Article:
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Manufacturing of an automobile by Tesla Tesla auto bots.jpg
Manufacturing of an automobile by Tesla

Manufacturing is the creation or production of goods with the help of equipment, labor, machines, tools, and chemical or biological processing or formulation. It is the essence of the secondary sector of the economy. [1] [ unreliable source? ] The term may refer to a range of human activity, from handicraft to high-tech, but it is most commonly applied to industrial design, in which raw materials from the primary sector are transformed into finished goods on a large scale. Such goods may be sold to other manufacturers for the production of other more complex products (such as aircraft, household appliances, furniture, sports equipment or automobiles), or distributed via the tertiary industry to end users and consumers (usually through wholesalers, who in turn sell to retailers, who then sell them to individual customers).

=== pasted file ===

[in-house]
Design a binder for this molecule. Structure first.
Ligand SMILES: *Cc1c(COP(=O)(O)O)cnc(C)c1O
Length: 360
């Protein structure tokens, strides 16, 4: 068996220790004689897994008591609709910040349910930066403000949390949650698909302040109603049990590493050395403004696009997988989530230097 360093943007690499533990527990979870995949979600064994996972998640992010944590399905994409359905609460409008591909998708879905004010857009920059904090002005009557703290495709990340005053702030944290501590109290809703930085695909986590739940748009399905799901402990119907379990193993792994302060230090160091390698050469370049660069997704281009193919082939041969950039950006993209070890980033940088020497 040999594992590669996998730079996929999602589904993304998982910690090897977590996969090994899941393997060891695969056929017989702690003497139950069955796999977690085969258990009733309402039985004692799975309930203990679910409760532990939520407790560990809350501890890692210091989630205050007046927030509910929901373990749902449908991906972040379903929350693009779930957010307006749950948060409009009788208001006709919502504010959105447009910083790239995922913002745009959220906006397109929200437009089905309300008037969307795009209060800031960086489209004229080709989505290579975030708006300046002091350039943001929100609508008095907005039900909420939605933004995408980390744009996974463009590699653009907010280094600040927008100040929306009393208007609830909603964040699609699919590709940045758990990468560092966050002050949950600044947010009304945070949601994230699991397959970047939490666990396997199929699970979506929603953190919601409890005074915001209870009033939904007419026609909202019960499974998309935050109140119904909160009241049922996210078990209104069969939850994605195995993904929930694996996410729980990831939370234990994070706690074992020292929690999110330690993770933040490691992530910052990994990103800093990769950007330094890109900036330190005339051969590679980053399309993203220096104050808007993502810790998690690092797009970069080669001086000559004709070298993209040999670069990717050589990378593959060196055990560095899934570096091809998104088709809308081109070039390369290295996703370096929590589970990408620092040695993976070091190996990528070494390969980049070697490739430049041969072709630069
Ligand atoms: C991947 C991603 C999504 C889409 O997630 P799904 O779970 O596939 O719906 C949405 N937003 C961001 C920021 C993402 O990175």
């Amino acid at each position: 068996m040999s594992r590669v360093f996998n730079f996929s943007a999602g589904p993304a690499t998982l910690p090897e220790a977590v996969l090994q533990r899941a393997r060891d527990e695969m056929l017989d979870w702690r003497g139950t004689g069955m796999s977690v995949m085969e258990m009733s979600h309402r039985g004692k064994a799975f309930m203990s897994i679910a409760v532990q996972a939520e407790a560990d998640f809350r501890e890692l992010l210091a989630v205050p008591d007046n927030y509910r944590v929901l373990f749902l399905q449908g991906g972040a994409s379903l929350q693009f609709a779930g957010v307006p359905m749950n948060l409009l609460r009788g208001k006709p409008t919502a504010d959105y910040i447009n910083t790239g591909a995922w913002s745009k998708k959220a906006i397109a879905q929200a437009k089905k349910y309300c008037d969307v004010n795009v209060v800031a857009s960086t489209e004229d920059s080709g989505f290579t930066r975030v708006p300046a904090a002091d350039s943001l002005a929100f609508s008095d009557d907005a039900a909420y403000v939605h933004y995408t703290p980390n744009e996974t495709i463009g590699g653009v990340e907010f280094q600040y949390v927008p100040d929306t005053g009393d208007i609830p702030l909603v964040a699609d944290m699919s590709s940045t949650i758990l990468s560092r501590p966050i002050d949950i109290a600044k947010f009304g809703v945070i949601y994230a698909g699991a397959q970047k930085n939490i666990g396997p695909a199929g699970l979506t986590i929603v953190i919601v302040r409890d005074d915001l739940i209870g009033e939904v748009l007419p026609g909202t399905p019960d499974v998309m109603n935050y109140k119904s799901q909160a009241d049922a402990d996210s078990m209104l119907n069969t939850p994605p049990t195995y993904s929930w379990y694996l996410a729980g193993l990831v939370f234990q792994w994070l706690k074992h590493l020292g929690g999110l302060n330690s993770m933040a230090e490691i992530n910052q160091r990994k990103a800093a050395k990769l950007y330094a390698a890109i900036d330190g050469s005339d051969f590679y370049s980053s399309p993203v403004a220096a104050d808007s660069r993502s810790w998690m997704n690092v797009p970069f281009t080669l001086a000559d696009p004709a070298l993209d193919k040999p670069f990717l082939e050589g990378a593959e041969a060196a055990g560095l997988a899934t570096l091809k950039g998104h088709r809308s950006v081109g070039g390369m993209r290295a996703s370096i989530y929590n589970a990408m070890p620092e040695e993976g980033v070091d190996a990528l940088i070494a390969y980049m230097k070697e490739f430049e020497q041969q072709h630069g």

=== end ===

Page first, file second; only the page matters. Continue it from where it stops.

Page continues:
Manufacturing engineering is the field of engineering that designs and optimizes the manufacturing process, or the steps through which raw materials are transformed into a final product. The manufacturing process begins with the product design, and materials specification. These materials are then modified through manufacturing to become the desired product.

Modern manufacturing includes all intermediate processes involved in the production and integration of a product's components. Some industries, such as semiconductor and steel manufacturers, use the term fabrication instead.

The manufacturing sector is closely connected with the engineering and industrial design industries.


The Modern English word manufacture is likely derived from the Middle French manufacture ("process of making") which itself originates from the Classical Latin manū ("hand") and Middle French facture ("making"). Alternatively, the English word may have been independently formed from the earlier English manufact ("made by human hands") and facture. [2] Its earliest usage in the English language was recorded in the mid-16th century to refer to the making of products by hand. [3] [4]

History and development

Prehistory and ancient history

Flint stone core for making blades in Negev, Israel, c. 40000 BP Stone Core for Making Blades - Boqer Tachtit, Negev, circa 40000 BP (detail).jpg